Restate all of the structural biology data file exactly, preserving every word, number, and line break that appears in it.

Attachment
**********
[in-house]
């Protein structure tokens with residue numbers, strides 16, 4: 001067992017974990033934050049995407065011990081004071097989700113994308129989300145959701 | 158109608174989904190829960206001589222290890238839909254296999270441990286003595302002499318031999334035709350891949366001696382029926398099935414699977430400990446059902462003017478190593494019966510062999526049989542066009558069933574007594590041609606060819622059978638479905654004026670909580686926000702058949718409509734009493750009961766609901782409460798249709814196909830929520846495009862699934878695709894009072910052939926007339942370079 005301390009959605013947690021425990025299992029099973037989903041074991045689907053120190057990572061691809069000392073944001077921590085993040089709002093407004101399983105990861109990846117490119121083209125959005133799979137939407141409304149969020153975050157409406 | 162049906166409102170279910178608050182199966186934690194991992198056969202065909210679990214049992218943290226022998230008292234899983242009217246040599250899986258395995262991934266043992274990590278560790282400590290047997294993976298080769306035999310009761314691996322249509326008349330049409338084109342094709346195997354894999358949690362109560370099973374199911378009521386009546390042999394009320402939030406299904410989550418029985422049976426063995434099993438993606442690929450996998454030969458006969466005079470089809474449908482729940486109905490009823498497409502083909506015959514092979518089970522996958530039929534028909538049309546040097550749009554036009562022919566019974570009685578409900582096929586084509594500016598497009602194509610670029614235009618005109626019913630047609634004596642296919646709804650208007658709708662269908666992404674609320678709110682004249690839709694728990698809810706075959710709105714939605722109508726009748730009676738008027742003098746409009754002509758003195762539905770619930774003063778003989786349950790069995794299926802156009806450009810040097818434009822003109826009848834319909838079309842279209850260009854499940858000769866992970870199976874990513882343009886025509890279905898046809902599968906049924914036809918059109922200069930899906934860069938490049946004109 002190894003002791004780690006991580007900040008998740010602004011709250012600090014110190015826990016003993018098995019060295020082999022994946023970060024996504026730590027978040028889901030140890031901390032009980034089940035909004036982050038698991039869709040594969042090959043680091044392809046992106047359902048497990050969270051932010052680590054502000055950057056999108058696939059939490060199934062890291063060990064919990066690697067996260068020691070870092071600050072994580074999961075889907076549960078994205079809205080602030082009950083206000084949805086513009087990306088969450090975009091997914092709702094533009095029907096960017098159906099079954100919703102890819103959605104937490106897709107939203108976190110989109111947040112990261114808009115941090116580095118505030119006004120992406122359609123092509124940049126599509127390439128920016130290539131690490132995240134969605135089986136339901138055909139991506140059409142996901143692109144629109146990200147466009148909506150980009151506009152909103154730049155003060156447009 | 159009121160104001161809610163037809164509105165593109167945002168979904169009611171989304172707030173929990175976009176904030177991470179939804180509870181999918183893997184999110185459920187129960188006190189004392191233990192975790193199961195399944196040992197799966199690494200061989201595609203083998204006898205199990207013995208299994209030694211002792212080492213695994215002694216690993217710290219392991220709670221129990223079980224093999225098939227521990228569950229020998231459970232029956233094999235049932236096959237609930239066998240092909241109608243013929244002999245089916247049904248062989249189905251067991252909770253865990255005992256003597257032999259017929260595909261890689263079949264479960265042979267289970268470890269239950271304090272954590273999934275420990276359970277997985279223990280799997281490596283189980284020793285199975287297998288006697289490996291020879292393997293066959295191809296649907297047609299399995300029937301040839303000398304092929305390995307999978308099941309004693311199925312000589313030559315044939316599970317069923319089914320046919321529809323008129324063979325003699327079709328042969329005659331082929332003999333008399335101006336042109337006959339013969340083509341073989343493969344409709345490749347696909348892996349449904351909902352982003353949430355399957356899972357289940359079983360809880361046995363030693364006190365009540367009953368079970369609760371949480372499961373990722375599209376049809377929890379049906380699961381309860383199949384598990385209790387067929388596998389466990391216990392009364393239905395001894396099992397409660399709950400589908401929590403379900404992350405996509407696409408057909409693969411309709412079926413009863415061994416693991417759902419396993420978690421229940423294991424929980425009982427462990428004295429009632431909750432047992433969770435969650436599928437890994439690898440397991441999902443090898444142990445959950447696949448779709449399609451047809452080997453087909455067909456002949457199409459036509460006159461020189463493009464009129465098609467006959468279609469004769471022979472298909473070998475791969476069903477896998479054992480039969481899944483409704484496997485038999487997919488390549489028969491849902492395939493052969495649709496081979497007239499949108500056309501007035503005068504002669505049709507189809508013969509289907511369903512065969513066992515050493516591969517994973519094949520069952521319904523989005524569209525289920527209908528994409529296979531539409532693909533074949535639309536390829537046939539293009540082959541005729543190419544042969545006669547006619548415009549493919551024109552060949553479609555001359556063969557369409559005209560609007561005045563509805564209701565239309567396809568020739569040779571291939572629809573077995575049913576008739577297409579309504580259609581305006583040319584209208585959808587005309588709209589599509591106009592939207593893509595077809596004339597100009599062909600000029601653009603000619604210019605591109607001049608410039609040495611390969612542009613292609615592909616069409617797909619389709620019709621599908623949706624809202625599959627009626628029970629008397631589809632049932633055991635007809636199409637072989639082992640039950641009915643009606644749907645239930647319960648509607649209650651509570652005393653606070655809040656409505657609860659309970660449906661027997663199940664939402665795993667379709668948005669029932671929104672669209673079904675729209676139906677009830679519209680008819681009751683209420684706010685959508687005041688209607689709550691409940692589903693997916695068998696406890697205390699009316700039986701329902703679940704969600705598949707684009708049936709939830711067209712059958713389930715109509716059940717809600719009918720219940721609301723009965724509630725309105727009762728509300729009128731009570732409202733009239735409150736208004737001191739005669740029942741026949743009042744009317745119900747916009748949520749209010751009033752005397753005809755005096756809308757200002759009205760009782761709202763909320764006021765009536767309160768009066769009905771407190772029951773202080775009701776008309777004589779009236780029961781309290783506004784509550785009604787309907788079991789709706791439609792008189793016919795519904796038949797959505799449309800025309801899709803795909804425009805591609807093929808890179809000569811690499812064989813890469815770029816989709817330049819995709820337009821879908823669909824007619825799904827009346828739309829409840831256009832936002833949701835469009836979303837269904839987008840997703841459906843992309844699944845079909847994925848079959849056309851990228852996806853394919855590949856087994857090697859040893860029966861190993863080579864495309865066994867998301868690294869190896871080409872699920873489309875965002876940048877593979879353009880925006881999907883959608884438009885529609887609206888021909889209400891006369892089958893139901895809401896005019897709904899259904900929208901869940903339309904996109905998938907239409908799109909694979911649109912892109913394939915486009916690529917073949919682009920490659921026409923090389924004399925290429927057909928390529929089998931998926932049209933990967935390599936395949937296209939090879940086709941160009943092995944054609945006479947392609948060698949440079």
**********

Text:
[in-house]
């Protein structure tokens with residue numbers, strides 16, 4: 001067992017974990033934050049995407065011990081004071097989700113994308129989300145959701 | 158109608174989904190829960206001589222290890238839909254296999270441990286003595302002499318031999334035709350891949366001696382029926398099935414699977430400990446059902462003017478190593494019966510062999526049989542066009558069933574007594590041609606060819622059978638479905654004026670909580686926000702058949718409509734009493750009961766609901782409460798249709814196909830929520846495009862699934878695709894009072910052939926007339942370079 005301390009959605013947690021425990025299992029099973037989903041074991045689907053120190057990572061691809069000392073944001077921590085993040089709002093407004101399983105990861109990846117490119121083209125959005133799979137939407141409304149969020153975050157409406 | 162049906166409102170279910178608050182199966186934690194991992198056969202065909210679990214049992218943290226022998230008292234899983242009217246040599250899986258395995262991934266043992274990590278560790282400590290047997294993976298080769306035999310009761314691996322249509326008349330049409338084109342094709346195997354894999358949690362109560370099973374199911378009521386009546390042999394009320402939030406299904410989550418029985422049976426063995434099993438993606442690929450996998454030969458006969466005079470089809474449908482729940486109905490009823498497409502083909506015959514092979518089970522996958530039929534028909538049309546040097550749009554036009562022919566019974570009685578409900582096929586084509594500016598497009602194509610670029614235009618005109626019913630047609634004596642296919646709804650208007658709708662269908666992404674609320678709110682004249690839709694728990698809810706075959710709105714939605722109508726009748730009676738008027742003098746409009754002509758003195762539905770619930774003063778003989786349950790069995794299926802156009806450009810040097818434009822003109826009848834319909838079309842279209850260009854499940858000769866992970870199976874990513882343009886025509890279905898046809902599968906049924914036809918059109922200069930899906934860069938490049946004109 002190894003002791004780690006991580007900040008998740010602004011709250012600090014110190015826990016003993018098995019060295020082999022994946023970060024996504026730590027978040028889901030140890031901390032009980034089940035909004036982050038698991039869709040594969042090959043680091044392809046992106047359902048497990050969270051932010052680590054502000055950057056999108058696939059939490060199934062890291063060990064919990066690697067996260068020691070870092071600050072994580074999961075889907076549960078994205079809205080602030082009950083206000084949805086513009087990306088969450090975009091997914092709702094533009095029907096960017098159906099079954100919703102890819103959605104937490106897709107939203108976190110989109111947040112990261114808009115941090116580095118505030119006004120992406122359609123092509124940049126599509127390439128920016130290539131690490132995240134969605135089986136339901138055909139991506140059409142996901143692109144629109146990200147466009148909506150980009151506009152909103154730049155003060156447009 | 159009121160104001161809610163037809164509105165593109167945002168979904169009611171989304172707030173929990175976009176904030177991470179939804180509870181999918183893997184999110185459920187129960188006190189004392191233990192975790193199961195399944196040992197799966199690494200061989201595609203083998204006898205199990207013995208299994209030694211002792212080492213695994215002694216690993217710290219392991220709670221129990223079980224093999225098939227521990228569950229020998231459970232029956233094999235049932236096959237609930239066998240092909241109608243013929244002999245089916247049904248062989249189905251067991252909770253865990255005992256003597257032999259017929260595909261890689263079949264479960265042979267289970268470890269239950271304090272954590273999934275420990276359970277997985279223990280799997281490596283189980284020793285199975287297998288006697289490996291020879292393997293066959295191809296649907297047609299399995300029937301040839303000398304092929305390995307999978308099941309004693311199925312000589313030559315044939316599970317069923319089914320046919321529809323008129324063979325003699327079709328042969329005659331082929332003999333008399335101006336042109337006959339013969340083509341073989343493969344409709345490749347696909348892996349449904351909902352982003353949430355399957356899972357289940359079983360809880361046995363030693364006190365009540367009953368079970369609760371949480372499961373990722375599209376049809377929890379049906380699961381309860383199949384598990385209790387067929388596998389466990391216990392009364393239905395001894396099992397409660399709950400589908401929590403379900404992350405996509407696409408057909409693969411309709412079926413009863415061994416693991417759902419396993420978690421229940423294991424929980425009982427462990428004295429009632431909750432047992433969770435969650436599928437890994439690898440397991441999902443090898444142990445959950447696949448779709449399609451047809452080997453087909455067909456002949457199409459036509460006159461020189463493009464009129465098609467006959468279609469004769471022979472298909473070998475791969476069903477896998479054992480039969481899944483409704484496997485038999487997919488390549489028969491849902492395939493052969495649709496081979497007239499949108500056309501007035503005068504002669505049709507189809508013969509289907511369903512065969513066992515050493516591969517994973519094949520069952521319904523989005524569209525289920527209908528994409529296979531539409532693909533074949535639309536390829537046939539293009540082959541005729543190419544042969545006669547006619548415009549493919551024109552060949553479609555001359556063969557369409559005209560609007561005045563509805564209701565239309567396809568020739569040779571291939572629809573077995575049913576008739577297409579309504580259609581305006583040319584209208585959808587005309588709209589599509591106009592939207593893509595077809596004339597100009599062909600000029601653009603000619604210019605591109607001049608410039609040495611390969612542009613292609615592909616069409617797909619389709620019709621599908623949706624809202625599959627009626628029970629008397631589809632049932633055991635007809636199409637072989639082992640039950641009915643009606644749907645239930647319960648509607649209650651509570652005393653606070655809040656409505657609860659309970660449906661027997663199940664939402665795993667379709668948005669029932671929104672669209673079904675729209676139906677009830679519209680008819681009751683209420684706010685959508687005041688209607689709550691409940692589903693997916695068998696406890697205390699009316700039986701329902703679940704969600705598949707684009708049936709939830711067209712059958713389930715109509716059940717809600719009918720219940721609301723009965724509630725309105727009762728509300729009128731009570732409202733009239735409150736208004737001191739005669740029942741026949743009042744009317745119900747916009748949520749209010751009033752005397753005809755005096756809308757200002759009205760009782761709202763909320764006021765009536767309160768009066769009905771407190772029951773202080775009701776008309777004589779009236780029961781309290783506004784509550785009604787309907788079991789709706791439609792008189793016919795519904796038949797959505799449309800025309801899709803795909804425009805591609807093929808890179809000569811690499812064989813890469815770029816989709817330049819995709820337009821879908823669909824007619825799904827009346828739309829409840831256009832936002833949701835469009836979303837269904839987008840997703841459906843992309844699944845079909847994925848079959849056309851990228852996806853394919855590949856087994857090697859040893860029966861190993863080579864495309865066994867998301868690294869190896871080409872699920873489309875965002876940048877593979879353009880925006881999907883959608884438009885529609887609206888021909889209400891006369892089958893139901895809401896005019897709904899259904900929208901869940903339309904996109905998938907239409908799109909694979911649109912892109913394939915486009916690529917073949919682009920490659921026409923090389924004399925290429927057909928390529929089998931998926932049209933990967935390599936395949937296209939090879940086709941160009943092995944054609945006479947392609948060698949440079």